Since Congress is sitting on its hands, progress on reining in executive over-compensation is cropping up elsewhere.
IPS Global Economy Project Director Sarah Anderson’s current work includes research, writing, and networking on issues related to the impact of international trade, finance, and investment policies on inequality, sustainability, and human rights. Sarah is also a well-known expert on executive compensation, as the lead author of 16 annual “Executive Excess” reports that have received extensive media coverage.
In 2009, she served on an advisory committee to the Obama administration on bilateral investment treaties. In 2000, she served on the staff of the bipartisan International Financial Institutions Advisory Commission (“Meltzer Commission”), commissioned by the U.S. Congress to evaluate the World Bank and IMF. Sarah is also a board member of Jubilee USA Network and a co-author of the books Field Guide to the Global Economy (New Press, 2nd edition, 2005) and Alternatives to Economic Globalization (Berrett-Koehler, 2nd edition, 2004).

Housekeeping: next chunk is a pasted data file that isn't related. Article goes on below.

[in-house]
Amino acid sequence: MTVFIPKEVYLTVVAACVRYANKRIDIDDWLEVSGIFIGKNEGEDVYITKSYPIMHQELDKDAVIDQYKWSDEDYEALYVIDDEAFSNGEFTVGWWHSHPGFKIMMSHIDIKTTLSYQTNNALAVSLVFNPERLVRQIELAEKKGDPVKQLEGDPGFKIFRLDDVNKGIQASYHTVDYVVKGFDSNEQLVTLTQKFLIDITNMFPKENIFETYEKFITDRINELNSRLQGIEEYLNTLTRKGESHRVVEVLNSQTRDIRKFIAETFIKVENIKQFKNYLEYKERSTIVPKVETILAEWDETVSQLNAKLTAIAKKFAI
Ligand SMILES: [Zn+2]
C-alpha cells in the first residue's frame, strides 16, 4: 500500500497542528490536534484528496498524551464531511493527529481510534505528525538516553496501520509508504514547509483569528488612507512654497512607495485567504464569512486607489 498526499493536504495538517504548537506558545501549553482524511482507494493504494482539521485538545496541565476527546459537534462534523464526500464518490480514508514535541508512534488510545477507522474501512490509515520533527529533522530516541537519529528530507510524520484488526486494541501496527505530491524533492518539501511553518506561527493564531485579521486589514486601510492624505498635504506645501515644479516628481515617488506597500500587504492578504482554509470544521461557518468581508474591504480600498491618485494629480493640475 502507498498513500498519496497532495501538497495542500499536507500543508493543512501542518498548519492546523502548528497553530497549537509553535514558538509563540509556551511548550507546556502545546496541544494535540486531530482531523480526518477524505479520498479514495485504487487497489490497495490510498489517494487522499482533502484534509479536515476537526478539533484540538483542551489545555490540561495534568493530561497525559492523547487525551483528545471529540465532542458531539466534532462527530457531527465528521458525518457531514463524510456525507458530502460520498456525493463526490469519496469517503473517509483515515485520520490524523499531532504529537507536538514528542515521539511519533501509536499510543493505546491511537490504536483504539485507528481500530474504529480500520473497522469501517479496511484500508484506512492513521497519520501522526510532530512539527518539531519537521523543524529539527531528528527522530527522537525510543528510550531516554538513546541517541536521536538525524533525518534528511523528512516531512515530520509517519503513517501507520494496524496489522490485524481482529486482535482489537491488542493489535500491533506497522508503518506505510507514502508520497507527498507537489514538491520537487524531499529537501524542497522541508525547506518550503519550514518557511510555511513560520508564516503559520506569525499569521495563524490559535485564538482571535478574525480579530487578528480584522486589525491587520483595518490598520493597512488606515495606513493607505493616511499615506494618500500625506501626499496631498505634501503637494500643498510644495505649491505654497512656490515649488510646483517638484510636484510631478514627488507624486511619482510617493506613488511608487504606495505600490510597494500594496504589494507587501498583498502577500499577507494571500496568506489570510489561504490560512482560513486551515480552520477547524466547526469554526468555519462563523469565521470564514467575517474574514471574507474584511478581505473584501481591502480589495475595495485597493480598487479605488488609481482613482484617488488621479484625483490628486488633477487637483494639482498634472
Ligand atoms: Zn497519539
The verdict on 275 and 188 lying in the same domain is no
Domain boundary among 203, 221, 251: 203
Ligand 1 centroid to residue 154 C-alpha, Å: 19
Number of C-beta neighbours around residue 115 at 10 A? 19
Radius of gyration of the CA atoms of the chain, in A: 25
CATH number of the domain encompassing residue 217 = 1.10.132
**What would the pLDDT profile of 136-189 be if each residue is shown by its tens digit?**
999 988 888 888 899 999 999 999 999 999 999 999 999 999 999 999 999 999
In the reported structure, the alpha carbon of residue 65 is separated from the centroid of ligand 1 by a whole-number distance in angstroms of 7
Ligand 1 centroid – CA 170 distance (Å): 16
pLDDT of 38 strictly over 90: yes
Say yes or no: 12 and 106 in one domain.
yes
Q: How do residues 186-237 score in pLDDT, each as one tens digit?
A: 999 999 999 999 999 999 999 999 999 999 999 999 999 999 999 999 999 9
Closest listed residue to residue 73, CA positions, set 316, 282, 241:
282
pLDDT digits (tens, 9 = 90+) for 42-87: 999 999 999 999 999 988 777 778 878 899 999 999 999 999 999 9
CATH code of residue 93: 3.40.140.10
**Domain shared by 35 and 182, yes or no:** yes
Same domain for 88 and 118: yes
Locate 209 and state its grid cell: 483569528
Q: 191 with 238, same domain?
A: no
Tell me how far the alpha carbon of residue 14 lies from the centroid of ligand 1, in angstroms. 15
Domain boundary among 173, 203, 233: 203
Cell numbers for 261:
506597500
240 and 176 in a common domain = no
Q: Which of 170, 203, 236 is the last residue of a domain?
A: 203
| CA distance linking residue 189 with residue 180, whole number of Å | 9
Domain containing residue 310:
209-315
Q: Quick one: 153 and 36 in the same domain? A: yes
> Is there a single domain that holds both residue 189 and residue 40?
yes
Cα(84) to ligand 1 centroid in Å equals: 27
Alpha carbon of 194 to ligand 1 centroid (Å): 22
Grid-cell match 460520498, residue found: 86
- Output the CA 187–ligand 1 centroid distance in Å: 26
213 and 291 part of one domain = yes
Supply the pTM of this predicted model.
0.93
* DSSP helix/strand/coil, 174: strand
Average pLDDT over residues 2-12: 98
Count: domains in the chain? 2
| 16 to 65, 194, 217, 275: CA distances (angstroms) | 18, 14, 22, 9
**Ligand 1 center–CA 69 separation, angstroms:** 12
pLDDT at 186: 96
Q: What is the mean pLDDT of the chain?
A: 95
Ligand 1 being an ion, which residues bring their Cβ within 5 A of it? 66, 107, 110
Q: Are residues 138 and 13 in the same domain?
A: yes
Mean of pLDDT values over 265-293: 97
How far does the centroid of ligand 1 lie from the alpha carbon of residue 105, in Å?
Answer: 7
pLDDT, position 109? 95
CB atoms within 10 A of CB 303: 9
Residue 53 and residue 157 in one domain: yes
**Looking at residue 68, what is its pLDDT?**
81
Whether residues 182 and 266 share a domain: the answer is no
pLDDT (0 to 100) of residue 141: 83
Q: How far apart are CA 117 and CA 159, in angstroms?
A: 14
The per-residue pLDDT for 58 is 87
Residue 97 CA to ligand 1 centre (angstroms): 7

Prior to coming to IPS in 1992, Sarah was a consultant to the U.S. Agency for International Development (1989-1992) and an editor for the Deutsche Presse-Agentur (1988). She holds a Masters in International Affairs from The American University and a BA in Journalism from Northwestern University.
We're all footing the bill for bonuses the company's executives pocket and food stamps its underpaid workers obtain for survival.
A tiny tax on every financial transaction would curb Wall Street recklessness.
Raising the minimum wage would give our economy much more bang for the buck than we get from the financial industry's yearly windfalls.
The American people know a fake when they see it.
Obama should follow in FDR's footsteps and do something about the "overprivileged" as well as improving conditions for the poorest among us.